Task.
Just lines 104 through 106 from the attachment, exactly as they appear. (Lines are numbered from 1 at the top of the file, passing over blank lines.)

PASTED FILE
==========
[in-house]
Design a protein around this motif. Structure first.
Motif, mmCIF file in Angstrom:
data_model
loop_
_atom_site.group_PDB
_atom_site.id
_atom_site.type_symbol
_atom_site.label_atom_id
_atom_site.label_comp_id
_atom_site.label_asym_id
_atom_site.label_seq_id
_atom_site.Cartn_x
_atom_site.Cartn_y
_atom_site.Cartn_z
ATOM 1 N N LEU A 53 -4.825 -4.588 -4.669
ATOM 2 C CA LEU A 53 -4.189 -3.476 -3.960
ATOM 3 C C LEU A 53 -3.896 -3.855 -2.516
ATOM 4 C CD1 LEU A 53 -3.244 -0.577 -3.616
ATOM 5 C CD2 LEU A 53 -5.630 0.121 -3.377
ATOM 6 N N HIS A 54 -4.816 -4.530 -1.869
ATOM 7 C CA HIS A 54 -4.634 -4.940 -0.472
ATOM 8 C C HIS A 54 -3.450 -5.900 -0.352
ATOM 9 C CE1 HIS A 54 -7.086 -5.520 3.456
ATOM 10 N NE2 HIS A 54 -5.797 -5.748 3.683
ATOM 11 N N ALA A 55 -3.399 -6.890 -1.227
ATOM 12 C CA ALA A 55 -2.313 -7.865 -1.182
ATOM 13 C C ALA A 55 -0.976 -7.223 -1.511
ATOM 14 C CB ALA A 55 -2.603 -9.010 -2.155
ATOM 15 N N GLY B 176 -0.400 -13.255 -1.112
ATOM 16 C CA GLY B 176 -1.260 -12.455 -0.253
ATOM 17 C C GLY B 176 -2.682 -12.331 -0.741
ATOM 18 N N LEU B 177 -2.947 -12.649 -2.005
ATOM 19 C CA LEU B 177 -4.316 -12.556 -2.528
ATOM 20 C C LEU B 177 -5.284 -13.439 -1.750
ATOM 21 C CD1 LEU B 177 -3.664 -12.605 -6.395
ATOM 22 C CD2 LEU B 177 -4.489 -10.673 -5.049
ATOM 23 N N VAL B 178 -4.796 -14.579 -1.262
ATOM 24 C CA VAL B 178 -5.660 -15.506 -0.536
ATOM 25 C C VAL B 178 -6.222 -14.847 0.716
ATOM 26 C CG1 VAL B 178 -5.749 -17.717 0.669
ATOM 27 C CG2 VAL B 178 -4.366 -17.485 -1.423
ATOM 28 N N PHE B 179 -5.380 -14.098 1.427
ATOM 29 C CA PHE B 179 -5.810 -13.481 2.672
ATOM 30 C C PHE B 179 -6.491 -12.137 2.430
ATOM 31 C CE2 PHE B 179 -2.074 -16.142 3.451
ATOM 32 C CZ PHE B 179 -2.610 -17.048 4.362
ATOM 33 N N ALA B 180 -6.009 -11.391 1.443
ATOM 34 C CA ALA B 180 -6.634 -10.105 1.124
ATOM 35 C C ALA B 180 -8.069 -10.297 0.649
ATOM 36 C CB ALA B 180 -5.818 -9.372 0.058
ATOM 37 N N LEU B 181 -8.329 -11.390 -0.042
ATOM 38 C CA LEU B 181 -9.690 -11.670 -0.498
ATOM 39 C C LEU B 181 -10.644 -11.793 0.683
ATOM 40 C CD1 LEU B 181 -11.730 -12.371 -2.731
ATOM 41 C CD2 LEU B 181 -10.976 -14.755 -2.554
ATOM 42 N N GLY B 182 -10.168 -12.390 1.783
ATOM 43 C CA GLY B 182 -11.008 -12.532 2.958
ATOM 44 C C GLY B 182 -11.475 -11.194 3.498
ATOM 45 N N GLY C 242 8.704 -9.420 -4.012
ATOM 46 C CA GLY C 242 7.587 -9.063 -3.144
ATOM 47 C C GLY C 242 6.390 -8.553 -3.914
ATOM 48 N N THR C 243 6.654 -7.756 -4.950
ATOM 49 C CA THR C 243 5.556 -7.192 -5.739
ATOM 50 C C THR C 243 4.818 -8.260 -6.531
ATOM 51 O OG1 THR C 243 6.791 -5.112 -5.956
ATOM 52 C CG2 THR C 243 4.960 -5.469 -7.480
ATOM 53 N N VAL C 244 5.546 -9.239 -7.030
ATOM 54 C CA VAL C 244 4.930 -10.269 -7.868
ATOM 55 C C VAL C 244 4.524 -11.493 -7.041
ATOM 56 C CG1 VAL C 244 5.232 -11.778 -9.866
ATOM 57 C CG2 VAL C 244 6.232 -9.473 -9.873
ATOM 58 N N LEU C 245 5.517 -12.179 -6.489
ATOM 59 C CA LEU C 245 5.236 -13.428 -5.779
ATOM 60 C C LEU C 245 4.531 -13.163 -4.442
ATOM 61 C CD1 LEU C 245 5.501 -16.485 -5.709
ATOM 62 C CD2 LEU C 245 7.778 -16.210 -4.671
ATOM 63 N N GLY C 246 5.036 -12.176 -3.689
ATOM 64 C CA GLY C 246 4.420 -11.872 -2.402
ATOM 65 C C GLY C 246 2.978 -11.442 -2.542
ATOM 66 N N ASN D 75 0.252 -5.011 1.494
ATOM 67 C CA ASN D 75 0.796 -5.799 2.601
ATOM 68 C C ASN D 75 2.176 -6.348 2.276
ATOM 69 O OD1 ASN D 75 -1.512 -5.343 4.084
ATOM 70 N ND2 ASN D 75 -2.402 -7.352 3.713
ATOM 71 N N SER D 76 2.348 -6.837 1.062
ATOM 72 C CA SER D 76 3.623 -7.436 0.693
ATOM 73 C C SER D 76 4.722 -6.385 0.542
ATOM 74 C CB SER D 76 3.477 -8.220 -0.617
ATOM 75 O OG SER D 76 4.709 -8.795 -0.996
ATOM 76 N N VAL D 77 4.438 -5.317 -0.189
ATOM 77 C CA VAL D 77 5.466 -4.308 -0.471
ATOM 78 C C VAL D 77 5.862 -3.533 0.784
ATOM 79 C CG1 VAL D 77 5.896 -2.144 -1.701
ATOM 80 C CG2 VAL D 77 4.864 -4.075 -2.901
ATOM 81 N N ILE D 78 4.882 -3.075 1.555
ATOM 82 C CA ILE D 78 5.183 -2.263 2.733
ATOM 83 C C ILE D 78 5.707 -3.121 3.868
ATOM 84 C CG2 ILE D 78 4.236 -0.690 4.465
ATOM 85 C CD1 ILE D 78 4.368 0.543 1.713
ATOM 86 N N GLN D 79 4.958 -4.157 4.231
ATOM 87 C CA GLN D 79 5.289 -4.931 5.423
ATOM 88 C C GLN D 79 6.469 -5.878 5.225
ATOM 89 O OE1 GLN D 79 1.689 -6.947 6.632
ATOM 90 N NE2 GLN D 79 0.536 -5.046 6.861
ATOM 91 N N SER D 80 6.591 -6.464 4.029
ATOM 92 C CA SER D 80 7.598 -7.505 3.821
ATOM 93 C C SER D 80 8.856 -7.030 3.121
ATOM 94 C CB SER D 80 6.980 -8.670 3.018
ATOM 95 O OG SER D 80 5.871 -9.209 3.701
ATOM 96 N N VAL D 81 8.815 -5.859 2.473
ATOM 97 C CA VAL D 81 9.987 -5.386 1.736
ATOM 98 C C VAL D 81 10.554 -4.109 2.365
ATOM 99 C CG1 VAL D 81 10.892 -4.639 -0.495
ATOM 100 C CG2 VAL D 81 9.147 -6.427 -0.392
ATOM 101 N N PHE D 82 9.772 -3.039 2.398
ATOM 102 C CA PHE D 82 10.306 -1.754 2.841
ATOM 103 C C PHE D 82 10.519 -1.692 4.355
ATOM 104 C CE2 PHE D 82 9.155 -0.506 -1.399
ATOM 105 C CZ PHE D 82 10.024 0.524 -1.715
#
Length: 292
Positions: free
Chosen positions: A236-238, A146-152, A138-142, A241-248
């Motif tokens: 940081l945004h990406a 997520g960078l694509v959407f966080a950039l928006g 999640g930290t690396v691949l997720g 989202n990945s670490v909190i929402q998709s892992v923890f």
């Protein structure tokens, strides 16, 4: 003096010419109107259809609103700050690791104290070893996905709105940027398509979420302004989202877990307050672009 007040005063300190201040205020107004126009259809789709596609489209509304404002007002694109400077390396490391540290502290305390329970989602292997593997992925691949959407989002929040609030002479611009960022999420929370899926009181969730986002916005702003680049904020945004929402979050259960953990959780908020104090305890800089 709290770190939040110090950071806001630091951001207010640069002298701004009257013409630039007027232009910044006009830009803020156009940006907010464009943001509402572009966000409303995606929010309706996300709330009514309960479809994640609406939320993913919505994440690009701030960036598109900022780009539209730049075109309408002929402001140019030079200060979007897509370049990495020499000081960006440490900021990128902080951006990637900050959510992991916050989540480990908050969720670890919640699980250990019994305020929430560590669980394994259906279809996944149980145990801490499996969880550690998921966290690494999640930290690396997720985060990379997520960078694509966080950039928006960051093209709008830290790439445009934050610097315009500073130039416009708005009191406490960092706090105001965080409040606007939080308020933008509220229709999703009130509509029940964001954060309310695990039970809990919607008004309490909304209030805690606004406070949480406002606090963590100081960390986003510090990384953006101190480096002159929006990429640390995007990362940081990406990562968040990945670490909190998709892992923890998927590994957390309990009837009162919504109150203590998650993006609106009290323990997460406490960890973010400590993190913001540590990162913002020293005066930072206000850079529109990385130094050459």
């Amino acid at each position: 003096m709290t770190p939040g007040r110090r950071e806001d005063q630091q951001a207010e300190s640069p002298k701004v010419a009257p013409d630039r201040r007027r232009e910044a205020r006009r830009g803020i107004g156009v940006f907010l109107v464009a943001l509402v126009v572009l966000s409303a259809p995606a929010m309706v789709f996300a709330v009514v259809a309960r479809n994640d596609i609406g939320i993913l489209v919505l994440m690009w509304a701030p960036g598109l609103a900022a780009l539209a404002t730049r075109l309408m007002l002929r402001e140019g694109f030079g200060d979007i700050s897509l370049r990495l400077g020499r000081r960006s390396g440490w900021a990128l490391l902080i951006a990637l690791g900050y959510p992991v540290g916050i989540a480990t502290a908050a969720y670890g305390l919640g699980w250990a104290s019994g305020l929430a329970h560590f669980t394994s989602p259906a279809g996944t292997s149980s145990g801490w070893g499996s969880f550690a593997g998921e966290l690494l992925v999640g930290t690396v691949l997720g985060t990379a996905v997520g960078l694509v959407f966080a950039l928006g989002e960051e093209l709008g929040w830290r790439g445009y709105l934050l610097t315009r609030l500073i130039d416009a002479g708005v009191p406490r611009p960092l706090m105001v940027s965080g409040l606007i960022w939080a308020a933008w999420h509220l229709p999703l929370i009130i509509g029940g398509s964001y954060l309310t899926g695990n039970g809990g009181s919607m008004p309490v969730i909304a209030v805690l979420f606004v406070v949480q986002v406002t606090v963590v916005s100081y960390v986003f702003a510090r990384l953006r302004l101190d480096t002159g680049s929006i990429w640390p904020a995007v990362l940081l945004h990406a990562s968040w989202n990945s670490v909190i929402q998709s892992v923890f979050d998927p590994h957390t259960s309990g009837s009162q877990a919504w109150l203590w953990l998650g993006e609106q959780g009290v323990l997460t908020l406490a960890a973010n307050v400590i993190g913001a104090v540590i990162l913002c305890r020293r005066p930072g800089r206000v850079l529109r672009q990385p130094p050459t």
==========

ATOM 89 O OE1 GLN D 79 1.689 -6.947 6.632
ATOM 90 N NE2 GLN D 79 0.536 -5.046 6.861
ATOM 91 N N SER D 80 6.591 -6.464 4.029